Planned Sydney-Newcastle high-speed rail in doubt
The premier says the government's long-term vision for creating high-speed rail across the state remains intact despite reports the government will dump a fast train from Sydney to Newcastle.
The Guardian on Friday reported the NSW government had shelved plans to build a dedicated high-speed rail line between Sydney and Newcastle, after spending close to $100 million on planning the project.
"What you do as a government during the budget period is you make investment decisions based on the plans that you've set out," Premier Dominic Perrottet told reporters on Friday.
However, the premier insisted the government's ultimate goal of creating high-speed rail links across NSW remained on track, with projects rolled out in an economical way.
"As you move forward, you prioritise your projects in a way that is affordable and sustainable, that sets out the future vision," he said.
"That's what we've done as a government."
Opposition transport spokeswoman Jo Haylen said the government had revealed a major black hole in their spending plans.
She called on the government to release a report into the feasibility of potential high-speed rail routes carried out by UK rail expert Andrew McNaughton.
The $4.6m fast-rail panel led by Mr McNaughton was announced by Gladys Berejikilian in December 2018, when Mr Perrottet was the state's treasurer.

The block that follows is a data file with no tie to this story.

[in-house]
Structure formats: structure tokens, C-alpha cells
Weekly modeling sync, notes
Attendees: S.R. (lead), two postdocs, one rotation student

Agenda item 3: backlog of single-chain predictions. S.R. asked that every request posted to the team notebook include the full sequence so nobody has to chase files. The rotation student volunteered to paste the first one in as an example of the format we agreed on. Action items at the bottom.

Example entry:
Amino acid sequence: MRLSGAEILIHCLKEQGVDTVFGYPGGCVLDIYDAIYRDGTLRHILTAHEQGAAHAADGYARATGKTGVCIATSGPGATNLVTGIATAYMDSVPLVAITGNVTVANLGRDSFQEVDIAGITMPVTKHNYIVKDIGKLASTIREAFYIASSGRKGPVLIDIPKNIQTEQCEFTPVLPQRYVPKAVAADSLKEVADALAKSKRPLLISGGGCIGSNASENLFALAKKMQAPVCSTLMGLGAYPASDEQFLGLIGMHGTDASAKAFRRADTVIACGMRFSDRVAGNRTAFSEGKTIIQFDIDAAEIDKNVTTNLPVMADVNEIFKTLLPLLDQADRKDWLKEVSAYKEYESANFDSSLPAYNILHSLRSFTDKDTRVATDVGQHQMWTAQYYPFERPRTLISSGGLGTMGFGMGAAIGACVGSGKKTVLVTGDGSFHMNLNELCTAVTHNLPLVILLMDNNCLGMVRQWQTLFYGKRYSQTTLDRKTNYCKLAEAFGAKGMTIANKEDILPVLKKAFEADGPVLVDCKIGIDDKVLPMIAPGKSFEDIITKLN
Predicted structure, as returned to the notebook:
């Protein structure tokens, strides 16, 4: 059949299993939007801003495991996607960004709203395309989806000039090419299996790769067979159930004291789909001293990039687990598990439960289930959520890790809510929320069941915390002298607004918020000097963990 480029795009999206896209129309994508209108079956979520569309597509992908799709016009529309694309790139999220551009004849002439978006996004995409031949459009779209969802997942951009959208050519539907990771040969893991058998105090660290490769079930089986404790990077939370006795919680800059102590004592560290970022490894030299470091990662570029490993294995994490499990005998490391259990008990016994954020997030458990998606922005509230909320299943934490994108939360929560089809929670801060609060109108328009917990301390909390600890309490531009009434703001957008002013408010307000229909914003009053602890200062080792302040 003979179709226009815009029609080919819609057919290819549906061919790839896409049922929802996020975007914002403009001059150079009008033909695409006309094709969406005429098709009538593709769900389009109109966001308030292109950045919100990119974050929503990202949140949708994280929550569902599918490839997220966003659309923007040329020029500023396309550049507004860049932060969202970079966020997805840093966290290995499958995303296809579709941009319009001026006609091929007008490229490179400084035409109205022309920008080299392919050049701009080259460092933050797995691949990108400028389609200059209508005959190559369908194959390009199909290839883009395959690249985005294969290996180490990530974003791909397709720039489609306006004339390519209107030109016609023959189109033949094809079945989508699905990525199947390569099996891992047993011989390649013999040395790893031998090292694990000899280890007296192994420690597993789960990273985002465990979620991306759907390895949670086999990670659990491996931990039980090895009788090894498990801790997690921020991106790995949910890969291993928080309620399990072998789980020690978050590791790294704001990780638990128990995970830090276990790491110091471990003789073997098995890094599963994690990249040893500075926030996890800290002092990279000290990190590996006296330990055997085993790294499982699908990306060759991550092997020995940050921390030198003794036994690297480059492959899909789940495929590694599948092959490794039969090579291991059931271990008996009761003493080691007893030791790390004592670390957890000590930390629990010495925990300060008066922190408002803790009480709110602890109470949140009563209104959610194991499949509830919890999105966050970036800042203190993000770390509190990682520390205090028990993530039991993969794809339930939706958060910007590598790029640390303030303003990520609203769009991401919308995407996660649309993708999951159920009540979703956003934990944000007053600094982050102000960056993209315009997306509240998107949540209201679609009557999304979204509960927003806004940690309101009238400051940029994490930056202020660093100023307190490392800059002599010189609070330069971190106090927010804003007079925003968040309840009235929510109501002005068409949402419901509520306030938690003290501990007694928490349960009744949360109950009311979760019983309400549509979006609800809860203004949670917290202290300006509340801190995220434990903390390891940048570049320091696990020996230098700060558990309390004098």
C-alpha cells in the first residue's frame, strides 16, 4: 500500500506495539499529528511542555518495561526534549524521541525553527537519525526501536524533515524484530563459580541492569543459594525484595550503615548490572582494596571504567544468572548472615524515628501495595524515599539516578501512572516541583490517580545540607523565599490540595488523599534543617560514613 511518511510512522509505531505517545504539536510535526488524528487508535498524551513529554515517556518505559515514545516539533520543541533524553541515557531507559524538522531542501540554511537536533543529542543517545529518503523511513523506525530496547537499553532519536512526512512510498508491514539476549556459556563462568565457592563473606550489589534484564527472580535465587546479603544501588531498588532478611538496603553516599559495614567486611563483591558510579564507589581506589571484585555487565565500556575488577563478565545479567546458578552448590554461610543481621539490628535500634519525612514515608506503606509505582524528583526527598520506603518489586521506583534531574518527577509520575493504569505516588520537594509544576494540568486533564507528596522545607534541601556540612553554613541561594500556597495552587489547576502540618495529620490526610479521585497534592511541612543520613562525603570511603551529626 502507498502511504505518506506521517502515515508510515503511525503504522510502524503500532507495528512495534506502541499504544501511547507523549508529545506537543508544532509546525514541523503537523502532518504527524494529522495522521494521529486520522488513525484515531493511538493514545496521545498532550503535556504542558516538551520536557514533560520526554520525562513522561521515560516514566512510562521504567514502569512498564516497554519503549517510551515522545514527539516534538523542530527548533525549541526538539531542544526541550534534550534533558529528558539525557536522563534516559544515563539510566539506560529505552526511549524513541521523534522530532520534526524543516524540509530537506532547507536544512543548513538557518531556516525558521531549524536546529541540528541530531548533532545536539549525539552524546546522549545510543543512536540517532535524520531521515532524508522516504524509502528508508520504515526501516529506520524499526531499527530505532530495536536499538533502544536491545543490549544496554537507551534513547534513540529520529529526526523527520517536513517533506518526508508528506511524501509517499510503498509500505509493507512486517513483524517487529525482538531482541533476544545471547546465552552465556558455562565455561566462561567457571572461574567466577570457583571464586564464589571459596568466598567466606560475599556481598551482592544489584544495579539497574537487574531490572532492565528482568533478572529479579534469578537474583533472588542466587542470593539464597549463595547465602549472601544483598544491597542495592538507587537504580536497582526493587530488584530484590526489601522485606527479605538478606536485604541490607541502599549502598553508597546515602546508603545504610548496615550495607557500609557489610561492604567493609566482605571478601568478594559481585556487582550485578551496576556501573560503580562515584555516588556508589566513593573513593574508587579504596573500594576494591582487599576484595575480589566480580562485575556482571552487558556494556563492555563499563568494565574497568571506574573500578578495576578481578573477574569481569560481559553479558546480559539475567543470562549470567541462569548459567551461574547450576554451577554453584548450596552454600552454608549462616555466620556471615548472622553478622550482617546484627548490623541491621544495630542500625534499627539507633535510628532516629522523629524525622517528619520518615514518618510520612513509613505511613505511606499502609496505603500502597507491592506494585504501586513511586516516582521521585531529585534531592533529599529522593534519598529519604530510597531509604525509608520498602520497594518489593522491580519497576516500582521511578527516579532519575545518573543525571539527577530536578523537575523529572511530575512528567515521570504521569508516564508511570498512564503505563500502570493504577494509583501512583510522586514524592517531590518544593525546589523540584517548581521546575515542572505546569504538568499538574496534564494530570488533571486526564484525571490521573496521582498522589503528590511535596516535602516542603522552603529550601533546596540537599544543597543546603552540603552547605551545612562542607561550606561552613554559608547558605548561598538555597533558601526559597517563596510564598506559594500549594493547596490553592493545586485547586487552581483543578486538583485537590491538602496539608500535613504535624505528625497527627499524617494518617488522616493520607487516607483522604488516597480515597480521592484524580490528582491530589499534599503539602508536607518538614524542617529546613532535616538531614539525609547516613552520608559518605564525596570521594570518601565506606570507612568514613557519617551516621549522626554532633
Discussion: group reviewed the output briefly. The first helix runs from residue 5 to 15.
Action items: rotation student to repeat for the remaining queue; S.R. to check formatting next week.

"Ultimately, the fact is that the Liberals make a lot of promises about infrastructure," Ms Haylen said.
"But we know, after the election, there's only one way that they'll pay for this and that's through privatisation."
The Perrottet government has been spruiking a pro-infrastructure agenda in the lead up to the state election, and has attacked Labor in recent days for cutting funding for business cases for Metro lines connecting western Sydney suburbs to the new western Sydney airport.
The opposition has defended its decision to wind back the Metro lines, citing a growing and unmanageable state deficit.
The government's two-decade "six cities" strategy includes creating improved transport links between the Illawarra Shoalhaven, Western Parklands, Central River (Parramatta), Eastern Harbour (Sydney city), Central Coast and Lower Hunter regions.
Deputy Labor Leader Prue Car called on the premier to clarify his position on the project, saying faltering on high speed rail equated to a broken promise.
"(The premier) actually needs to give assurance to the people of NSW about whether this is happening or not," Ms Car told reporters on Friday.
"He has committed to this vision in the past, now he won't tell us whether he's actually committed to this in the future."